What do you say?

Why should I do it?

Is it really necessary?

Covid-19 has changed everything. It has claimed the lives of hundreds of thousands of people and hospitalized many more. To halt its spread, governments enacted strict lockdowns that shuttered many parts of the economy.

This is an anxious time for workers in all industries and sectors. Our resilience as people is being put to the test. Our ability to adapt to and overcome adversity and disruption is being stretched. Many are rising to the task. But there is another type of resiliency that is also being tested.

Our career resiliency is our ability to adjust to new developments in our chosen profession as well as to adapt to new market conditions. And both of these are happening right now. Career resiliency will help you bolster your standing among colleagues and give you the confidence to progress in your field. In these trying times, it can also help safeguard your position.

So, if it’s that important, how do you go about building career resiliency?

Strategy 1: Grow Your Network

With social and professional events mostly paused right now, you would think it’s a difficult time to expand your network. The first step is to strengthen your current network. That means contacting people you already know and building on your relationships. Clients and peers can be called upon about their experience and about what you can do for them. This type of field research can enhance your reputation, keep you updated on developments and give you ideas on how you can become a better professional partner.

But there are also chances to expand your existing network. Working from home means you have more time to commit to things other than travel. Updating your LinkedIn profile is one way to build a network. Reach out to two people a day in an industry or area that you want to know more about and might be considering for employment. Visibility on LinkedIn can bring many opportunities. Commenting, posting links to articles, or even writing your own articles all help. 

Strategy 2: Setbacks and Crises are Opportunities

This strategy is about shifting your mindset. Difficulties and obstacles at work are stressful events because we try to get them out of the way as quickly as possible. Covid-19 is one crisis though that we can’t get rid of, not matter how much we try. Yet we can use it, like with the above example of networking, as an opportunity.

This mindset can be carried over into other situations. When we look at things with a mind to learning from them, we develop new skills and build on others, leading to greater career resilience.

Strategy 3: Accept Change

A major point of career resilience is adapting to changing circumstances. You can’t bury your head in the sand and ignore these changes. Comfortable old systems are replaced by new, more efficient ones. It’s no use wanting for the old way. You’ll have to adapt.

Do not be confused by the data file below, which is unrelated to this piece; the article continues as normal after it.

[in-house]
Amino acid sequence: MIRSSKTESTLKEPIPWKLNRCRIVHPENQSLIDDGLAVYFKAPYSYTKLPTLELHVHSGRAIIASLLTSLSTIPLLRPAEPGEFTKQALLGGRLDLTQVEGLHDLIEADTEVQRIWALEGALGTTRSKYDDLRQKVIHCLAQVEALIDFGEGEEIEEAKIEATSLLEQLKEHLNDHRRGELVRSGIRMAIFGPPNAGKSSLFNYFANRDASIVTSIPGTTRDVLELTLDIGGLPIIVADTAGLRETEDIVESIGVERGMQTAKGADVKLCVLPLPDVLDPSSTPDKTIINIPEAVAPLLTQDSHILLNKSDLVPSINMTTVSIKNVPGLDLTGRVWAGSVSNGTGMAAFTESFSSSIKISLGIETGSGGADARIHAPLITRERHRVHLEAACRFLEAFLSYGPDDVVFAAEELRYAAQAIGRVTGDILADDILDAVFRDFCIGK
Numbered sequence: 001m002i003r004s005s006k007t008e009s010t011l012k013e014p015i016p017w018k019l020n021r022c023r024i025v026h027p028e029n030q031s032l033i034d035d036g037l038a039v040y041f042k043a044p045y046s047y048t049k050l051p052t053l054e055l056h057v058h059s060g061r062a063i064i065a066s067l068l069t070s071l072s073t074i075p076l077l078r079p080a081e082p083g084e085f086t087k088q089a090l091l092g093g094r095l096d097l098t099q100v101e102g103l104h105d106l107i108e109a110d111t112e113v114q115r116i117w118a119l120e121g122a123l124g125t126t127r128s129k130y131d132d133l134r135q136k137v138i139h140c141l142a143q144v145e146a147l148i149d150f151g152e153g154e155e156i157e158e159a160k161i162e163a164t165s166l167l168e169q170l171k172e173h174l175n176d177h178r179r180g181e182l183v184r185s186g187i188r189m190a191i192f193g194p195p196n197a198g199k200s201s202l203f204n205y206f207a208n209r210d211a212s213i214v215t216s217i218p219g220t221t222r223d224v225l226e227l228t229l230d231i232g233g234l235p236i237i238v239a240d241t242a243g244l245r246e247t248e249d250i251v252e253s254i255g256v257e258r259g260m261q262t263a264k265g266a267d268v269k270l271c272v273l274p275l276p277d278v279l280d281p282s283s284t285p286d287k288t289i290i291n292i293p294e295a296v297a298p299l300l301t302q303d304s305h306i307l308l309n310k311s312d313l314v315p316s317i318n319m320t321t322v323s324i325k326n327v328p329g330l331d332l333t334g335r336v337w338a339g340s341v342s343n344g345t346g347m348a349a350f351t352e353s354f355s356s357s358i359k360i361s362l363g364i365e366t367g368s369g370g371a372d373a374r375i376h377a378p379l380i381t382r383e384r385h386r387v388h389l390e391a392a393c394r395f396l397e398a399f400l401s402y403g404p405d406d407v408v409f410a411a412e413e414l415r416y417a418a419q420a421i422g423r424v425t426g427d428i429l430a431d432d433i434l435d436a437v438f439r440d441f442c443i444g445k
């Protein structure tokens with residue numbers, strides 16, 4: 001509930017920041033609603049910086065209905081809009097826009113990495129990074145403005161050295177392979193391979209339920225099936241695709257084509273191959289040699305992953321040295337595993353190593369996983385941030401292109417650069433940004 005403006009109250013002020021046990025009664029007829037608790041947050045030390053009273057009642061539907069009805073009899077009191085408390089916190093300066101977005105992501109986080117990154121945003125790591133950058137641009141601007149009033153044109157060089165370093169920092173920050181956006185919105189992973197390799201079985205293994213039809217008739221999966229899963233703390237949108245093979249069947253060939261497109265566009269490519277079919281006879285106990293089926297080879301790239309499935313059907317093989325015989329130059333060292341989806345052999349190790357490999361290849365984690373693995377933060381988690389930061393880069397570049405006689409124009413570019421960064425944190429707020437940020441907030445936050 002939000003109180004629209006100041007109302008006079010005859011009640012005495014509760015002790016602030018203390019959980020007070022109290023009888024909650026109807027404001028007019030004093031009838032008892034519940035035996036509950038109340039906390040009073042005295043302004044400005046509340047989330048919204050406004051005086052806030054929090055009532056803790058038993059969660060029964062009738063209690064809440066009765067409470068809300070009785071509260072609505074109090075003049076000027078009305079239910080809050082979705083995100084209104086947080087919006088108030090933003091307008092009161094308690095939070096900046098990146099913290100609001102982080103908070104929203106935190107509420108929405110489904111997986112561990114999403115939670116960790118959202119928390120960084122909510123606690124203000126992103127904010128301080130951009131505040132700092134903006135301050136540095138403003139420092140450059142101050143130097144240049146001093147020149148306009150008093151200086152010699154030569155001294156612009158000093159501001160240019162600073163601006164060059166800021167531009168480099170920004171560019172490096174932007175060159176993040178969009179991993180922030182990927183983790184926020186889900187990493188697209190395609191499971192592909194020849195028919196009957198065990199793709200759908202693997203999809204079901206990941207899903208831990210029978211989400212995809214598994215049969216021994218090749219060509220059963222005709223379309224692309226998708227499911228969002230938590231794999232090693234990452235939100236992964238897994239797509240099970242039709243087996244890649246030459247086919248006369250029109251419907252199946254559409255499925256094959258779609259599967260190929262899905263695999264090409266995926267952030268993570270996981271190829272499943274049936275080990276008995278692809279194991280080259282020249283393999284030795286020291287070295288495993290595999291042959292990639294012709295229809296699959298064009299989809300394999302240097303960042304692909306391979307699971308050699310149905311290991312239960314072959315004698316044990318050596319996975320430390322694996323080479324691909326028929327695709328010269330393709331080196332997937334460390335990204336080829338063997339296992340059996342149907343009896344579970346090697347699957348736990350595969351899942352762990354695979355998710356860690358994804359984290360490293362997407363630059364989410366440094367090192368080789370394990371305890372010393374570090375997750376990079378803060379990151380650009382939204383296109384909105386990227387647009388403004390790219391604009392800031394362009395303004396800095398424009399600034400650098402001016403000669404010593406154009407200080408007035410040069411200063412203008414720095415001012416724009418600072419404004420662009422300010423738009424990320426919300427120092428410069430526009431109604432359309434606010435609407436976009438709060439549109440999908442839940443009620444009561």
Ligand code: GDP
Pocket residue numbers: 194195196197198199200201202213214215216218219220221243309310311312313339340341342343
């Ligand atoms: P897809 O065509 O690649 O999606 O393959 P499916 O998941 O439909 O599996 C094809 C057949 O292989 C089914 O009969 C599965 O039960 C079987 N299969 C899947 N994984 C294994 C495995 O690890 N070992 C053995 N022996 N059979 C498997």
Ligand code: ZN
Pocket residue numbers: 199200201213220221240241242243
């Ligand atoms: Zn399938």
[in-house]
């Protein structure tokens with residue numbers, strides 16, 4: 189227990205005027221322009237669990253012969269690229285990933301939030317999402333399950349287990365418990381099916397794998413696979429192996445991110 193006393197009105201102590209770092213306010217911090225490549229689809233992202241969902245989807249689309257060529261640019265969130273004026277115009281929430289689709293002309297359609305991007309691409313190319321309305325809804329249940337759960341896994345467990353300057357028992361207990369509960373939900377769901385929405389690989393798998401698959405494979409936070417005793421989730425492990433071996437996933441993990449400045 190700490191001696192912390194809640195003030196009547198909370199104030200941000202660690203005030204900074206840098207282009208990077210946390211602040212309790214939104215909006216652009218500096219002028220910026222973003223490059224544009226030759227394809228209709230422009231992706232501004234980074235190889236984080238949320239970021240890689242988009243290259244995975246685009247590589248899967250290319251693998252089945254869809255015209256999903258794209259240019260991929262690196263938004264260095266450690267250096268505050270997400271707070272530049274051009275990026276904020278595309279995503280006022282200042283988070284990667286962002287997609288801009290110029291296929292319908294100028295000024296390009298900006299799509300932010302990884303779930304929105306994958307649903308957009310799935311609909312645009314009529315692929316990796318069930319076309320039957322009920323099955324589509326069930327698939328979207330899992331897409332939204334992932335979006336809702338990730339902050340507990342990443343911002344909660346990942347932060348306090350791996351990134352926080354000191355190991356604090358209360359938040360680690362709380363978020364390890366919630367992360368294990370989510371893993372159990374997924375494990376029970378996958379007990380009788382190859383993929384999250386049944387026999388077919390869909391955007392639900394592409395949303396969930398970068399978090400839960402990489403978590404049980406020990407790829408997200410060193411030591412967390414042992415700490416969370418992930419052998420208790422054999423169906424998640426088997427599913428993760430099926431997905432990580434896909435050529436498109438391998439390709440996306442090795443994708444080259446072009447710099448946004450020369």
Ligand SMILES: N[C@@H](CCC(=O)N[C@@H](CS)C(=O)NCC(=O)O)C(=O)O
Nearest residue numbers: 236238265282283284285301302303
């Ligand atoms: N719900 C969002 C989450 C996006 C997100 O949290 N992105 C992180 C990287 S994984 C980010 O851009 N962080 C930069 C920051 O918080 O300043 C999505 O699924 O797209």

New technologies and ways of working are being introduced. We have all had to adapt to working from home and to using video conferencing. Embrace these changes. This mindset is not just beneficial now but will help you build career resilience for the future too.

There’s more that can be done to build career resilience. In my next article, I’ll cover four more strategies that will help you, so keep your eye out for that. 


  • Mark Danaher

    Career, Life and Leadership Coach, Virtual Speaker and Trainer

    Careers by Design LLC

    Mark Danaher is a career/life/leadership coach and certified career counselor who helps leaders elevate their careers and life to one they will love.  He helps his clients make the best of tough situations so they can be their best professionally and personally.   Mark uses coaching along with his extensive career development knowledge and expertise to offer his clients a uniquely holistic approach to making career and life pivots.  He helps his clients manage burnout, stress, and anxiety, integrate balance into their lives so they can make a meaningful change in their lives. He uses a holistic narrative career approach to help people tell their stories and learn from their careers and life.  Mark completed his undergraduate degree at the University of Connecticut in Economics and History and went on to earn his Masters at the University of Connecticut in Counseling Psychology.   Mark was the President of the National Career Development Association in 2014-2015 and continues to volunteer for the organization.   He is certified as a Certified Professional Coach, Certified Career Counselor, Holistic Narrative Career Professional, Retirement Options Coach, 2 Young to Retire Coach, Job, and Career Development Coach, Job and Career Transition Coach, and a Certified Career Service Provider.  Mark is a Master Trainer for the Facilitating Career Development Certificate and School Career Development Advisor certificate is actively coaching training, and teaching throughout the year.  He is now a Master Practioner of the Energy Leadership Index which is a great assessment to understand how you use your energy in your everyday life and under stress.  It gives you a great insight into how you can improve your everyday interactions and connections with colleagues, employees, family, and beyond.